A 41-year-old mother was sentenced Friday to 18 years in federal prison after being convicted of running a multi-state credit card and identity fraud scheme out of the back of a rental truck.
In April, a jury found Quinae Shamyra Stephens guilty of on all counts, including conspiracy to commit wire fraud, identity theft, interstate transportation of a stolen vehicle and felon in possession of a firearm.
A sentencing memo described Stephens as a “professional fraudster” and “charlatan” who has “spent her adult life stealing, lying, and cheating.”
Judge Sherri A. Lydon also sentenced Stephens to five years of court-ordered supervision. Stephens has been ordered to pay restitution to her victims, including a nurse and a stay at home mom who received bills for tens of thousands of dollars.
Her son and co-defendant, Deandre Allen Copes, 23, was sentenced to time served after pleading guilty to wire fraud and bank fraud, according to a statement released by the U.S. Attorney’s Office. As a result, he will serve no additional time in prison.
Copes testified against his mother at the trial after confessing the scheme to investigators. Despite assisting her in the crime spree, Copes was found to have received “virtually nothing in return” for helping his mom, according to court filings.
Stephens downloaded personal identifying information and instructions on how to commit credit card fraud and identity theft from the dark web, according to a statement put out by the U.S. Attorney’s Office.
“Identity theft is a threat to every citizen, and the personal information of its victims can live on the dark web forever. The nearly two-decade federal prison sentence this Office sought and received showcases just how seriously we take these crimes,” said Adair Burroughs, the U.S. Attorney for South Carolina.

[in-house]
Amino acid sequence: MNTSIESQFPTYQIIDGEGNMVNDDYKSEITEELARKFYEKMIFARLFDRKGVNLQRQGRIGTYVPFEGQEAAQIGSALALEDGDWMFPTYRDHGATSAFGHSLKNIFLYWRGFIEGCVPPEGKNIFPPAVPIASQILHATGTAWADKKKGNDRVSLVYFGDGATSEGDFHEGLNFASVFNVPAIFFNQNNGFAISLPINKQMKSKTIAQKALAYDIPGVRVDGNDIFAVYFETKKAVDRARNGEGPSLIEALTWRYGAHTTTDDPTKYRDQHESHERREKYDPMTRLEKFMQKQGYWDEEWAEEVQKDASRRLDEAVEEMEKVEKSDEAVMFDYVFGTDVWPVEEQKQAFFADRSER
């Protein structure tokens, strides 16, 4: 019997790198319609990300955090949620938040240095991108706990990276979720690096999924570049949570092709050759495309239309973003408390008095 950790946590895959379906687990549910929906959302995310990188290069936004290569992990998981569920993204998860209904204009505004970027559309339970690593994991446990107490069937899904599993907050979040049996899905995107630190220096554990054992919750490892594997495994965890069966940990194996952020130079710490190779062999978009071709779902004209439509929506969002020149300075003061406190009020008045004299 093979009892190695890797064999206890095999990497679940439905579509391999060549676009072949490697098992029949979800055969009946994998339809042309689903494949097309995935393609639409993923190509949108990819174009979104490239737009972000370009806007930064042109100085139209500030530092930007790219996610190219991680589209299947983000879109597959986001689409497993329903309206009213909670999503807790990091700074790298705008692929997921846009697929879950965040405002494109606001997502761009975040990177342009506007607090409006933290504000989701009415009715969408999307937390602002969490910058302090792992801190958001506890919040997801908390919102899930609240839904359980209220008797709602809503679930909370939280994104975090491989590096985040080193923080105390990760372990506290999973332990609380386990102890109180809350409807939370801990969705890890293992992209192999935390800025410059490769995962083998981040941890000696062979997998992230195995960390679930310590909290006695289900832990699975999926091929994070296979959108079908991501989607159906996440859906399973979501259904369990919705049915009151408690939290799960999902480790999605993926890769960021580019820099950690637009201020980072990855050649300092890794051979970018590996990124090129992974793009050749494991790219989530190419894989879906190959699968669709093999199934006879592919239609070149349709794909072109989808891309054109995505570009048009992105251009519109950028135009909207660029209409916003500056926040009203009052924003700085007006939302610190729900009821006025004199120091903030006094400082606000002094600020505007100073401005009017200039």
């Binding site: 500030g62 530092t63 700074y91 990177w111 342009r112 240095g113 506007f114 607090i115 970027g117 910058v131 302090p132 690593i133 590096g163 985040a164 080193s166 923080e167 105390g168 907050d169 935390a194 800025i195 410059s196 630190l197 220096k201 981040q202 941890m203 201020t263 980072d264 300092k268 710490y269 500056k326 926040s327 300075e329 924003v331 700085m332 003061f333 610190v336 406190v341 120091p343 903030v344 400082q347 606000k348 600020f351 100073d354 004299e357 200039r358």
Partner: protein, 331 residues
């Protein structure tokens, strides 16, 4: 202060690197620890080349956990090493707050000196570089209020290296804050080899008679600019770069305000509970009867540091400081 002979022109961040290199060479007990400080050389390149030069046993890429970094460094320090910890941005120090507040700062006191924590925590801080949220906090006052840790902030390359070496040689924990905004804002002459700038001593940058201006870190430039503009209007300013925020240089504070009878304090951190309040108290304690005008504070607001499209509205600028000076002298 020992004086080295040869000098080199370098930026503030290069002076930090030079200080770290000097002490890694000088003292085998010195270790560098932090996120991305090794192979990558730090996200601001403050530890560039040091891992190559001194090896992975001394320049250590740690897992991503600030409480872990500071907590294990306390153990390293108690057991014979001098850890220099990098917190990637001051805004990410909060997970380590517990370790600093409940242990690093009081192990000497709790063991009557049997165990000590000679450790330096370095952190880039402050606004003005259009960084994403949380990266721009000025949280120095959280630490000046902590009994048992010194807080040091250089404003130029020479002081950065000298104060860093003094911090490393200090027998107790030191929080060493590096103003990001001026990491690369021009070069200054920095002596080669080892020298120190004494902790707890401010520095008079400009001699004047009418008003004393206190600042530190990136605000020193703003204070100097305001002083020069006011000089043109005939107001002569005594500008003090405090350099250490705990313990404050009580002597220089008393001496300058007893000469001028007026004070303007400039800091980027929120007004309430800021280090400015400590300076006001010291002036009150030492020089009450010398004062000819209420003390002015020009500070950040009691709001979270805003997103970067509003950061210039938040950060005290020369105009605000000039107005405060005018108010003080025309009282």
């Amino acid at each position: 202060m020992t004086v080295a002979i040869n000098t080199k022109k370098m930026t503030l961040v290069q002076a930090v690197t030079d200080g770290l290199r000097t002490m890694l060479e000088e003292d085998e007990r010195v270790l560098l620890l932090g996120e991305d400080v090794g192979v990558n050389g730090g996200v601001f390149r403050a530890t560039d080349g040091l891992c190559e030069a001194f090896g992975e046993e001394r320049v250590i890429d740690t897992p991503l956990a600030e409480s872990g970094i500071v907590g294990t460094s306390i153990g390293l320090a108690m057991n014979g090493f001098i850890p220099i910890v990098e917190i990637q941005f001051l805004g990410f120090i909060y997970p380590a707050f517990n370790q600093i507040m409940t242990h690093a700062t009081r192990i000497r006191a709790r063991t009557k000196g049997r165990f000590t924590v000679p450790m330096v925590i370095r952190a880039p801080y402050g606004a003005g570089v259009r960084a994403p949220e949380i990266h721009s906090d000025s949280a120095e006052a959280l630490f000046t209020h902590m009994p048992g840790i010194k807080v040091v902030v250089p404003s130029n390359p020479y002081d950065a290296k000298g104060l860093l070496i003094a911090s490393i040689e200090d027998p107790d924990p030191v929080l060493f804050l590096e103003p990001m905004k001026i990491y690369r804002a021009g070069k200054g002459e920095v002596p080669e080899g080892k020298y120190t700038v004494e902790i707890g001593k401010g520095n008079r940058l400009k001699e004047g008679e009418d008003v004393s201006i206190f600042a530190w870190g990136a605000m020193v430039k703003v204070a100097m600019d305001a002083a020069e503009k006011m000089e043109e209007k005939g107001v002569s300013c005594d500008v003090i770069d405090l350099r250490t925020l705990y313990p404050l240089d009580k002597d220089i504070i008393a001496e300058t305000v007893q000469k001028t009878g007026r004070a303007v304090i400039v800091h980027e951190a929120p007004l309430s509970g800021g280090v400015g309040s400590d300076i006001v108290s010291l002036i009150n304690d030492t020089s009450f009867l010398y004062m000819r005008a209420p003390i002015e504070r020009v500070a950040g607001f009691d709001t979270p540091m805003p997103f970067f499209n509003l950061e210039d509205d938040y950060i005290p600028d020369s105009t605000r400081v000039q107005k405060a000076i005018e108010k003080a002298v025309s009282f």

The mother and son began their crime spree in March 2021. They passed counterfeit checks at banks and grocery stores while driving a stolen U-Haul van down the East Coast. The duo manufactured stolen credit cards out of the back of their van, according the indictment. Stephens was still on probation in Georgia at the time for rental car theft and forgery.
When they were arrested five months later in Latta, Florida, police officers searching the van found a printer, blank paper for printing checks, stolen driver’s licenses and equipment for reading and manufacturing credit cards, according to the complaint. Stephens, a convicted felon, also was found in possession of a loaded handgun.
The Latta Police Department enlisted the Secret Service to help investigate the case, which was tried in Columbia, by assistant U.S. attorneys Derek A. Shoemake and Everett McMillian.
Evidence in the van alone led law enforcement to more than two dozen victims across the country and amounted to almost $300,000 in “loss and attempted loss,” according to a sentencing document.
The court also heard evidence that Stephens fraudulently obtained several Paycheck Protection Program loans using stolen identities, according to the U.S. Attorney’s Office.
In the lead up to her trial, Stephens asserted that she was a “sovereign citizen,” and therefore not subject to the court’s jurisdiction. The Southern Poverty Law Center describes sovereign citizens as a rapidly growing movement of individuals who believe that that they are not subject to the laws of the United States. The FBI has characterized financial crimes as being common in the sovereign citizen community.